A recently released report by the CDC shows that women and individuals in the "middle class" are becoming increasingly susceptible to abusing heroin. Experts cite the high cost of and difficulty in accessing prescription drugs as the primary contributing factors to this state of affairs.
In a recent study, the Center for Disease Control and Prevention found out that the rate of heroin usage has gone up by sixty-three percent in individuals in the middle class and sixty percent in women. Mr. Shane Fletcher, a counselor at Mt. Regis Center attributed this increase to the fact that prescription drugs are quickly becoming less accessible and stringent prescription guidelines that limit or restrict access to prescription pain medication. These factors coupled with the high cost of accessing the prescription opiates have caused many women and individuals to turn to heroin which is more accessible and relatively cheaper.
Additionally, Fletcher attributes easy accessibility of heroin in the streets as a contributing factor to the high use and abuse of heroin among the middle class in America. He argues that people who run out of prescription opiates before the time they are scheduled for a refill would most likely turn to look for the opiates on the streets. The high street price for these opiates persuades these people to turn to heroin which is cheaper and easier to access and packs a strong punch. Further he noted that some young adults, who are not on prescription pills, choose to experiment with different drugs and most of them settle on heroin as their “feel good” drug of choice. He further observed that heroin abuse is rampant in Virginia.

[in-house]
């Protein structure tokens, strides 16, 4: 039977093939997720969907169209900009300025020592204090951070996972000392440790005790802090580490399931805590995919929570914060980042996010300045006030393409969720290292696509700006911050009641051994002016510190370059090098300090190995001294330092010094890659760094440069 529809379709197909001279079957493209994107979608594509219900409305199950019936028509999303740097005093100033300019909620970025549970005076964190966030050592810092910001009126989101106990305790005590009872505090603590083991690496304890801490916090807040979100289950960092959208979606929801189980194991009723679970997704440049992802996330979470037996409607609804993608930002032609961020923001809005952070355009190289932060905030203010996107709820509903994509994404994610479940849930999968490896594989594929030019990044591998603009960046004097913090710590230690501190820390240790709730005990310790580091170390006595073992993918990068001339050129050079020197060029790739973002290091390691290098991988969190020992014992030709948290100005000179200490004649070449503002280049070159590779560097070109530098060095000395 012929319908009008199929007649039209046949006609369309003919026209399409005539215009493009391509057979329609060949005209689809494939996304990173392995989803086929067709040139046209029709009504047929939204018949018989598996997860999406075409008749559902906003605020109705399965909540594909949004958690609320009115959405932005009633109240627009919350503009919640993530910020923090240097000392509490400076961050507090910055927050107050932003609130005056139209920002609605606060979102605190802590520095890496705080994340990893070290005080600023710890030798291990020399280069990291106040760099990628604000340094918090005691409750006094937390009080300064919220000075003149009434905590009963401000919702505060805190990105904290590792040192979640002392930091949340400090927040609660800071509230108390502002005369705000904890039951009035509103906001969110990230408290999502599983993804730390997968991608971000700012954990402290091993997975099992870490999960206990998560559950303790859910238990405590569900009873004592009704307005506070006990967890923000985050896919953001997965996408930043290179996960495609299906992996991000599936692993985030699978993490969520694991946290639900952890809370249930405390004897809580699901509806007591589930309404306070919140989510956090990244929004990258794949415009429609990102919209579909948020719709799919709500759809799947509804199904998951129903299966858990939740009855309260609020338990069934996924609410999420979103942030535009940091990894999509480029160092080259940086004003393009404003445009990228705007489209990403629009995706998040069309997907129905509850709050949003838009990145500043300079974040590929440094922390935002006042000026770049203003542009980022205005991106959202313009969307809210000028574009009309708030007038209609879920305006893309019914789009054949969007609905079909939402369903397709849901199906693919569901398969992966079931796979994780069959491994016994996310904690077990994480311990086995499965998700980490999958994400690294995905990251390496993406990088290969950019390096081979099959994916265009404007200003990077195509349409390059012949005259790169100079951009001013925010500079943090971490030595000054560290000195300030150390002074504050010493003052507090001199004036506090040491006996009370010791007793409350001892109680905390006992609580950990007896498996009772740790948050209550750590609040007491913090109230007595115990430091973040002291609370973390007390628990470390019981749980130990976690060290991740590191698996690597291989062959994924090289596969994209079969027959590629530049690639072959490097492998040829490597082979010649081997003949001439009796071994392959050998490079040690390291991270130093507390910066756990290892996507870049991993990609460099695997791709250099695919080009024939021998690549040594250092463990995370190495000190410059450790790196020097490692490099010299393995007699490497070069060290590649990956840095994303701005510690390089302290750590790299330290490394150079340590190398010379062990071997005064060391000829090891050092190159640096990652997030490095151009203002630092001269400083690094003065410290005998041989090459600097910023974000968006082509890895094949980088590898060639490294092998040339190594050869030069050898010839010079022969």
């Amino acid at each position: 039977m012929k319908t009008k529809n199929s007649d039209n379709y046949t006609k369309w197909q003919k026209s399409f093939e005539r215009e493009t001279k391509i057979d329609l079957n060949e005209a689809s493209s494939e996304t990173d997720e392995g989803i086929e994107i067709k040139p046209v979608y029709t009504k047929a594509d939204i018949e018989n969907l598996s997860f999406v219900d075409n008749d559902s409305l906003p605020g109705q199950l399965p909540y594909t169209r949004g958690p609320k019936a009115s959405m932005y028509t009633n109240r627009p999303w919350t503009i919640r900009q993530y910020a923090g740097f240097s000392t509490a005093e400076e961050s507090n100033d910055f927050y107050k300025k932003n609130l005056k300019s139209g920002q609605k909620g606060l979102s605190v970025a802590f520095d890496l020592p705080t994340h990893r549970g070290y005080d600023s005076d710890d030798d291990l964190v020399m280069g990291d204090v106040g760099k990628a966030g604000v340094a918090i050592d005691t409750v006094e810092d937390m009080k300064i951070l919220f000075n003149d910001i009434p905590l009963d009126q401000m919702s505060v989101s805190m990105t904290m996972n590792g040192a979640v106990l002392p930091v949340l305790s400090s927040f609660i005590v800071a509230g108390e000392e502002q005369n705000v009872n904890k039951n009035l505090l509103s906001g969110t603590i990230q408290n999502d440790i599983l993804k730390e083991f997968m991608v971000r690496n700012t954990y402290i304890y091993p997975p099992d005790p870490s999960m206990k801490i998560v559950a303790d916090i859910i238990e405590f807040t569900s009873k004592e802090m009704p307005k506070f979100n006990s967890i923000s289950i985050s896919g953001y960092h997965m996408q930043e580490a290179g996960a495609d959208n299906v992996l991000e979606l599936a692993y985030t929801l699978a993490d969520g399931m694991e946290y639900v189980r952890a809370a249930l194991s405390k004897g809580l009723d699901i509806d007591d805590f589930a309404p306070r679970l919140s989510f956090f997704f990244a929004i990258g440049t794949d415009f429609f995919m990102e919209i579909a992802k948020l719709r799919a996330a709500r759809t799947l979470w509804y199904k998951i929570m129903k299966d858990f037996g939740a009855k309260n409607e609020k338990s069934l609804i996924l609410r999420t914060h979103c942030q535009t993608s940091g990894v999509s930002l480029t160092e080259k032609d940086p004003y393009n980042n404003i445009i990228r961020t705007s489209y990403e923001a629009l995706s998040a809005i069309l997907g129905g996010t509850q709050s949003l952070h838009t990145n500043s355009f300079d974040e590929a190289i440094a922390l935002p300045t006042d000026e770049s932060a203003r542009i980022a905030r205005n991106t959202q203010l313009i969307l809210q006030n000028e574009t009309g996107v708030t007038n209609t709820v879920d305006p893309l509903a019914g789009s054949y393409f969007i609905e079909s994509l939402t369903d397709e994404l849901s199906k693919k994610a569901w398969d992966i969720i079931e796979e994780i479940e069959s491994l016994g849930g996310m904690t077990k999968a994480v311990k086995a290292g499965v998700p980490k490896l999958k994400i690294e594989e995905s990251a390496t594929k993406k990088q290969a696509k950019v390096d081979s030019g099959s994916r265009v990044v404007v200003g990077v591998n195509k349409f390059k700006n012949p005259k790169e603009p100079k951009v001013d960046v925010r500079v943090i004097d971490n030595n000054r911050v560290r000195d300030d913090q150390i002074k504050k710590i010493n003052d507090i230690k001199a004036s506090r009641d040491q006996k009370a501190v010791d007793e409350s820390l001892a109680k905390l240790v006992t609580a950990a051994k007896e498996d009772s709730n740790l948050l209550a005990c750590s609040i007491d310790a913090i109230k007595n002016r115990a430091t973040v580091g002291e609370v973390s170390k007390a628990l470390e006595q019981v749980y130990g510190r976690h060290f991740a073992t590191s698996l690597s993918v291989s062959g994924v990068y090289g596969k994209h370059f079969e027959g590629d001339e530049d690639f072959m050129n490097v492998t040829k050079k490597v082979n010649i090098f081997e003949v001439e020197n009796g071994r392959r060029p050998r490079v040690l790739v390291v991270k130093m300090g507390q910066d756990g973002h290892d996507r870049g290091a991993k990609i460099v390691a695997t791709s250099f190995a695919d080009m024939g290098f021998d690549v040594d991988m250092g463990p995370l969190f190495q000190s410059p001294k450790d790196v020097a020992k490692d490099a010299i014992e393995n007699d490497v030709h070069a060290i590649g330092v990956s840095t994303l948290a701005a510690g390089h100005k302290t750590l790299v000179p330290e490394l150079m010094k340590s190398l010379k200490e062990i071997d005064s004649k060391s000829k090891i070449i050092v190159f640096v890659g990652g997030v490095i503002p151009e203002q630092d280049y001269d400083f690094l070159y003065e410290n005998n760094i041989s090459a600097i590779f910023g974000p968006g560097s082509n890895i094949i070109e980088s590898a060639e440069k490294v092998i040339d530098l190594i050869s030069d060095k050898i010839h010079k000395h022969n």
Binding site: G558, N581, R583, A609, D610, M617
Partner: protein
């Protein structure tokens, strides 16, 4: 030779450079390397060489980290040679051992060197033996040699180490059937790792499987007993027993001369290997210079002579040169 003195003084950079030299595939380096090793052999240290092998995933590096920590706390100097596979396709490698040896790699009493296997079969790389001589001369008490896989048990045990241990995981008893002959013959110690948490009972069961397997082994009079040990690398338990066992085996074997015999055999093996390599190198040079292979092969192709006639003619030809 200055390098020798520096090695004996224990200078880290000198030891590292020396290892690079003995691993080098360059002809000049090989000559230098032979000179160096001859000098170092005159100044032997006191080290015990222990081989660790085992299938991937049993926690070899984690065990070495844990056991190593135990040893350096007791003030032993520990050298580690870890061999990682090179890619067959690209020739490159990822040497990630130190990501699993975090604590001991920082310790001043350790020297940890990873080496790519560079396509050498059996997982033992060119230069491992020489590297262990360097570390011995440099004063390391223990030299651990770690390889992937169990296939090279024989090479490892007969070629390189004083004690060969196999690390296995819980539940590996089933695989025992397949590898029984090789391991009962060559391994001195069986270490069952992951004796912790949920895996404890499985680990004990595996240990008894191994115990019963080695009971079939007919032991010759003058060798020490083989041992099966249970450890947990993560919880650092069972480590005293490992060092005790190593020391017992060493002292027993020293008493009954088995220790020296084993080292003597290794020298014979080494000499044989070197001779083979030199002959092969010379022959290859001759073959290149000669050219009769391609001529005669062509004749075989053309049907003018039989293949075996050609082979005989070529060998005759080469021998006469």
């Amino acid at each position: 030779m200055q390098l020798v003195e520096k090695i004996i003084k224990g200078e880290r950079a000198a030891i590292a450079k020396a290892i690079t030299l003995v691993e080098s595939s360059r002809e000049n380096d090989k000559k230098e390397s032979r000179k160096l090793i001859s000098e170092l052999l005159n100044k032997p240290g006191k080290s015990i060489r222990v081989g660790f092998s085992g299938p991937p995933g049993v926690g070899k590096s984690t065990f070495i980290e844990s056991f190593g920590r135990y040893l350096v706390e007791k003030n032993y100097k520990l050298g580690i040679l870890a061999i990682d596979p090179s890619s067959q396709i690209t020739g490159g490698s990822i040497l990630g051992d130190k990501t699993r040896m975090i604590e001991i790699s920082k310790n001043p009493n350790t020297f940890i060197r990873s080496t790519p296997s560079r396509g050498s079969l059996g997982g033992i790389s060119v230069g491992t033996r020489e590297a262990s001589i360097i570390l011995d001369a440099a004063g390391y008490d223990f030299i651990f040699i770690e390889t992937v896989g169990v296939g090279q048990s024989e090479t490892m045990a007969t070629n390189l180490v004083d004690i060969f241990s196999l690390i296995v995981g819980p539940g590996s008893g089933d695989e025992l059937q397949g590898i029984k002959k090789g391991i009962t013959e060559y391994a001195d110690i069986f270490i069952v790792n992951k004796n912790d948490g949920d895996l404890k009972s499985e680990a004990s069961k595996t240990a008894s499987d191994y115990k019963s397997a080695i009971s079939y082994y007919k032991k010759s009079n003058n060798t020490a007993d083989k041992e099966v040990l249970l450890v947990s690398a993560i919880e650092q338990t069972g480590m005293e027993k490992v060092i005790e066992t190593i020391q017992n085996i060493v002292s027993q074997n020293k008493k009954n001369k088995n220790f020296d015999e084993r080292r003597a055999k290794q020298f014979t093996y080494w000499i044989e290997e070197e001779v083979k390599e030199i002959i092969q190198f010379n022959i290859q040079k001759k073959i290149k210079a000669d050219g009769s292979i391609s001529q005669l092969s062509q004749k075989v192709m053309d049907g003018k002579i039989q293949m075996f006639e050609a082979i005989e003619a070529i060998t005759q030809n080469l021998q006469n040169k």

Traditionally, heroin and opiate abuse has been affecting men and youth. Recent statistics have shown a change in the demographic affected by this problem. Heroin use and addiction has been tied to opiate over-prescribing and addiction.
Mr. Fletcher stated that most of his former colleagues in the police force agree that there is a serious problem of heroin use and addiction in Roanoke Valley. He concluded that measures need to be instituted to fight this runaway abuse of heroin in the affected cities and counties and failure to do so will take more lives.
Fletcher also confirmed that he had not witnessed an increase in the number of women visiting the rehab center. However, he confirmed that most of the female patients who were of 30 years or below had checked in for rehabilitation because of opiate abuse.
To tackle the runaway problem, authorities need to address the factors that contribute to this problem. As indicated earlier, heroin addiction usually results from gradual use of the prescription medications. Some users of this drug are lured into using the drug after getting hooked on prescription pills. Granted, opiates are very expensive and sustaining an addiction on opiates ruins many people financially. Therefore, opiate addicts substitute heroin for prescription painkillers as they yield nearly similar results in their high, but pack a stronger punch which is leading to more overdoses.